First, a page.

Hi Mary. We had to make this decision about 12 months ago and decided to use #2 as well as encoding the equivalent information into the schemaLocation attribute. This was driven mainly by a reading of section 4.3.2 of the Schema structures document (as it was then), which implied that toolsets might end up using the schemaLocation OR the namespace to locate the schema. We figured we could always freeze one or the other depending on how the best practices evolved. As it turned out, I'm glad we did include the version in the schemaLocation as most of the tools to date have used this as the mechanism to pick up the relavent schema. Regards Michael <OffTopic> I realise the best practices are about schemas but IMHO, the issue of versioning the XML content needs to be considered as well, for a versioning scheme to be effective. Naturally, this is domain specific As an example, we also added a version attribute on each transaction, within our transaction framework. The driver here was that the transaction could become disconnected from the document in which it was delivered, as multiple transactions directed to multiple backend systems can be delivered in a single document. By attaching a version attribute to each transaction, the backend processing can provide the appropriate logic switch for different versions, without knowledge of the schema version under which the transaction was delivered. This version attribute reflects the schema version at which the transaction structure last changed. This allows the schema version to progress without needing to touch the backend code to track these changes, except in the case where the application logic is affected. </OffTopic> Mary Pulvermacher To: xml-dev <firstname.lastname@example.org> <pulver@mitre cc: email@example.com .org> Subject: XML Schemas: Best Practices ? Versioning 06/09/2001 03:50 AM Hello everyone- Roger Costello has asked me to initiate this Best Practice topic. The results of this discussion will be posted, along with the other Best Practices, on the Best Practice Homepage ( http://www.xfront.com/BestPracticesHomepage.html). Topic: What is the Best Practice for versioning XML schemas? Is it better to version a schema by: 1. Changing the (internal) schema version attribute, 2. Changing the schema's targetNamespace, 3. Changing the name of the schema, or 4. Changing the location of the schema? 1. CHANGING THE SCHEMA VERSION ATTRIBUTE In this approach one would simply change the number in the optional version attribute at the start of the XML schema. For example, in the code below one could change version="1.0" to version="1.1" <xs:schema xmlns:xs="http://www.w3.org/2001/XMLSchema" elementFormDefault="qualified" attributeFormDefault="unqualified" version="1.0"> This approach is very easy to use. Also, no change is needed to the instance document if it is not affected by the change in the schema. However, the validator ignores this field. Therefore, I regard the version attribute as a cue to the human (especially if their schema doesn't validate) rather than an enforceable constraint. This approach could be used in conjunction with any of the other approaches. 2. CHANGING THE SCHEMA'S TARGET NAMESPACE In this approach, the 'targetNamespace' attribute at the start of the schema could be changed to designate that a new version of the schema exists. One way to do this is to include a schema version number in the designation of the target namespace as shown in the example below. <xs:schema xmlns="http://www.addressGlobalsV1.0" targetNamespace="http://www.addressGlobalsV1.0" xmlns:xs="http://www.w3.org/2001/XMLSchema" elementFormDefault="qualified" attributeFormDefault="unqualified"> Then one could update the version number in the target namespace designation with each change to the schema. With this approach, instance documents will not validate until they are changed to designate the new targetNamepsace. A disadvantage of this approach is that it forces all instance documents to change, even if the change to the schema would not impact that instance. Also, any schemas that 'include' this schema would have to change because the target namespace of the included components must be the same as the target namespace of the including schema. 3. CHANGING THE NAME OF THE SCHEMA This approach changes the file name of the schema. This should sound familiar since most people develop conventions for naming their files so that they know which version is the most current (e.g., append version number or date to end of file name). Since instance documents give the name and location of the associated schema, the instance documents will not validate until they are changed to designate the new schema file name. As with option 2, one disadvantage of this approach is that it forces all instance documents to change, even if the change to the schema would not impact that instance. Also, any schemas that import the modified schema would have to change since the import statement provides the name and location of the imported schema. This approach seems most powerful when used in conjunction with approaches 1 and 4. For example, one could set up a convention whereby the latest version of a particular schema is always available in a specific location under a specific filename. The version number inside the schema (and any annotations) could provide details on version number and a change history. Old versions of the schema may still be made available in an archive. This approach seems most feasible to me for implementing XML schema registries. With this approach, one always knows where to get the latest version but small changes to the schema would not impact any schemas that 'inherit' (include or import) the schema. This mimics an approach taken by the W3C on the XML Schema specification. For example, the latest version of the "XML Schema Specification Part 0: Primer" is always called "xmlschema-0". Previous versions are available but the file names include a date to distinguish it from the latest version. 4. CHANGING THE LOCATION OF THE SCHEMA The last approach is changing the location of schema. This is very similar to changing the schema file name and really doesn't seem to make much sense when used alone. As mentioned above, a versioning approach that combines this approach with options 1 and 3 seems powerful. ************ Your Opinion? ************ What is your opinion on the advantages and disadvantages of the respective approaches? Which approach do you think works best? Are there other options I have missed? Do you have a favorite way of handling schema versioning? If so, why did you choose this approach? Please send your comments. I'd love to hear from you. Thanks in advance for your help. Mary Pulvermacher -- Mary K. Pulvermacher The MITRE Corporation firstname.lastname@example.org (719) 572-8241 ---------------------------------------------------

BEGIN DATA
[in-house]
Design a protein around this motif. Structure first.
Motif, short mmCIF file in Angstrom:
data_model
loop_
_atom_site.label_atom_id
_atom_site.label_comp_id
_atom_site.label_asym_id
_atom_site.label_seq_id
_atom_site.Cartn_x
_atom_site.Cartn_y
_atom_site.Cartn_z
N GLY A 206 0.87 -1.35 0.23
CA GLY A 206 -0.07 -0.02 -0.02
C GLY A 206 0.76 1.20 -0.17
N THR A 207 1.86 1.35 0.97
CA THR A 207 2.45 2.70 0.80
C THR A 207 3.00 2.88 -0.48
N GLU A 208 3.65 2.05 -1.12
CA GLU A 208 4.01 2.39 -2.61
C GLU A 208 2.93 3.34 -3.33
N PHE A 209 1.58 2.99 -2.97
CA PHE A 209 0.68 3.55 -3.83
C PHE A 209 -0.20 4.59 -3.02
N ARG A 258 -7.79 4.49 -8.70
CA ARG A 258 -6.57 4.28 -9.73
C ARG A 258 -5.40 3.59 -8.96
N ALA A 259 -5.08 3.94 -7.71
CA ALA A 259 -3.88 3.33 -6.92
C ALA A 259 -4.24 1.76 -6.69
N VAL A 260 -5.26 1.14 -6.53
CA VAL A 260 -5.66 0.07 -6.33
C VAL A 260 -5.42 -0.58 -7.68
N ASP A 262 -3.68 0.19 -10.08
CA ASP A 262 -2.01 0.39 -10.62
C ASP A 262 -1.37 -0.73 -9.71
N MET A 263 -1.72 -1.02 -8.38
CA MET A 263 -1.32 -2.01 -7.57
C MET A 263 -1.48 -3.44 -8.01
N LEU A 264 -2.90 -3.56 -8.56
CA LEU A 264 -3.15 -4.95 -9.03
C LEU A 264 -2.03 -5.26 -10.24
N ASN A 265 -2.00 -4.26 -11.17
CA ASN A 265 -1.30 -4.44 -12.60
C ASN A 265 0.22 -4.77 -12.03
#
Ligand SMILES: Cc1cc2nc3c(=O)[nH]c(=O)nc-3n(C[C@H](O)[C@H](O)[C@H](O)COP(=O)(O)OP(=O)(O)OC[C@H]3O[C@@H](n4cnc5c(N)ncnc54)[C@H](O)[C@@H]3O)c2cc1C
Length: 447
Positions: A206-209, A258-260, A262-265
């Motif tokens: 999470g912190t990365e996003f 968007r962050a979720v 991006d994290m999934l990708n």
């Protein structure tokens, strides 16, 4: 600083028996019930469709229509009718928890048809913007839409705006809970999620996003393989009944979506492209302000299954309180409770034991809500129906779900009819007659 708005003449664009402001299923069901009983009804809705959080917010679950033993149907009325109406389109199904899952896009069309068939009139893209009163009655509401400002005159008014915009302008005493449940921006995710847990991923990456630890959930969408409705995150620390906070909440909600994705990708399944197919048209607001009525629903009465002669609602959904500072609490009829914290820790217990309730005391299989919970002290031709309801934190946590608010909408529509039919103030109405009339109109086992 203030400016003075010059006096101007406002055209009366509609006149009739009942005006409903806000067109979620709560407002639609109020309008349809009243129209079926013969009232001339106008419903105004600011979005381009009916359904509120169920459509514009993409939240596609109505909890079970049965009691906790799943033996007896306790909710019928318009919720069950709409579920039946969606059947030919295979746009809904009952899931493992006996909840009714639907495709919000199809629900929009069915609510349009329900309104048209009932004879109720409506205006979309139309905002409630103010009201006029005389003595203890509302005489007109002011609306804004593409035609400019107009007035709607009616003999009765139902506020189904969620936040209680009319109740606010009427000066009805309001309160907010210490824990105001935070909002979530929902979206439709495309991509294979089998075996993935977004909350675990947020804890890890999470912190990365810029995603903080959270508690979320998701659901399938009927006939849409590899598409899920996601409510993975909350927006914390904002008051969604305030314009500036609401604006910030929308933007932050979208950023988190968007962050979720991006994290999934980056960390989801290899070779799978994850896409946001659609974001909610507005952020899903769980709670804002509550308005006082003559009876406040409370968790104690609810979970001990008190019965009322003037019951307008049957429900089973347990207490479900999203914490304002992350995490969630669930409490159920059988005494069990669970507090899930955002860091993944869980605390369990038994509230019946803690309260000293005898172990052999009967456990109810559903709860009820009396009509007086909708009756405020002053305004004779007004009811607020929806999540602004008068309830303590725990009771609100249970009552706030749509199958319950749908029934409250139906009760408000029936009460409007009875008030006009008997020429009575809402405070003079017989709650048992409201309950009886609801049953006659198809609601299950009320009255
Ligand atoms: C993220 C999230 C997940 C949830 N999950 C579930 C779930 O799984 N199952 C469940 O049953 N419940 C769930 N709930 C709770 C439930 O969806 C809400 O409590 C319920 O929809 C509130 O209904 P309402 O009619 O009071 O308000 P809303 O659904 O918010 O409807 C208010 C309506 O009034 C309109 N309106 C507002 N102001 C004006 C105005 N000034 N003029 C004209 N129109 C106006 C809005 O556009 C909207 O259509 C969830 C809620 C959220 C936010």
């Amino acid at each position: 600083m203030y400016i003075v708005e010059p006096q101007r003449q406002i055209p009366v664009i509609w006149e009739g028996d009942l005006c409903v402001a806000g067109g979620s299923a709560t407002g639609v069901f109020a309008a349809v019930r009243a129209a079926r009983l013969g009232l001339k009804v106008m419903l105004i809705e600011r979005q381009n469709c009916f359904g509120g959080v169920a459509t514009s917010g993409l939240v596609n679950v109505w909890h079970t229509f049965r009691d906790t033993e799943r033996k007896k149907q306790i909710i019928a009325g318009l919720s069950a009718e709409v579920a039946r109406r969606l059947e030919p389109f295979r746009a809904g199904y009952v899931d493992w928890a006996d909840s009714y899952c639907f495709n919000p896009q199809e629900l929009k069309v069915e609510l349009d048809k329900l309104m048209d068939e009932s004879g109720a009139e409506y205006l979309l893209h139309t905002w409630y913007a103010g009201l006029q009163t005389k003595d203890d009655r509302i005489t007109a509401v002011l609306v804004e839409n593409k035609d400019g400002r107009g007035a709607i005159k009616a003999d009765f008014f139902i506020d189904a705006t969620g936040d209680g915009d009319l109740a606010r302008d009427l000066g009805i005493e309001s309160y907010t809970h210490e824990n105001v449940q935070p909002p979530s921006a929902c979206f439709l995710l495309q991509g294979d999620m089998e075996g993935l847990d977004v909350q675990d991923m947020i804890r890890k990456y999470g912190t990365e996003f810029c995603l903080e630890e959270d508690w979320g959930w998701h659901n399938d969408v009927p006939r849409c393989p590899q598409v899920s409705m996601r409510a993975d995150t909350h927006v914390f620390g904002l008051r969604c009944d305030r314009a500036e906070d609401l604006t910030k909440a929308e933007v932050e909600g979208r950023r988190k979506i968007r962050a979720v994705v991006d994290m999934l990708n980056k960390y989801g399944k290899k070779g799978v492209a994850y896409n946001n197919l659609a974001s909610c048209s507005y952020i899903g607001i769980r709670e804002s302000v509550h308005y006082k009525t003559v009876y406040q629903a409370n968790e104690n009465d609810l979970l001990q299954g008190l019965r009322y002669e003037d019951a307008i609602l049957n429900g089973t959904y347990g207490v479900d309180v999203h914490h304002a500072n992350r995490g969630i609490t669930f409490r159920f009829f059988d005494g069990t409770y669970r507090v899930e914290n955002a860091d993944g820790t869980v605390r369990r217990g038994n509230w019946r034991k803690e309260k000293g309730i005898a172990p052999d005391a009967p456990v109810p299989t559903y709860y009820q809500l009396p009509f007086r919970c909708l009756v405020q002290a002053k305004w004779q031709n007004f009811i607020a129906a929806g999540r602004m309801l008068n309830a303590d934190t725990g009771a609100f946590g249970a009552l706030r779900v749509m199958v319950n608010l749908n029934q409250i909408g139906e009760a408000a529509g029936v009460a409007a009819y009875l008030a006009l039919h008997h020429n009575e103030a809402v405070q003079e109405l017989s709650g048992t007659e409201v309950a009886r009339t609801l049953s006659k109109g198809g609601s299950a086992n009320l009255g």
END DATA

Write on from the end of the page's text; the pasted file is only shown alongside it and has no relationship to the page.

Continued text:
I’ve done some more tuning over the past couple of days. I’ve also done some reading about how to make OpenCL perform better on ARM Mali. In this post I’m going to retrace some of my steps, share what my tests looks like, share what some of my OpenCL looks like, share current performance numbers and last discuss next steps.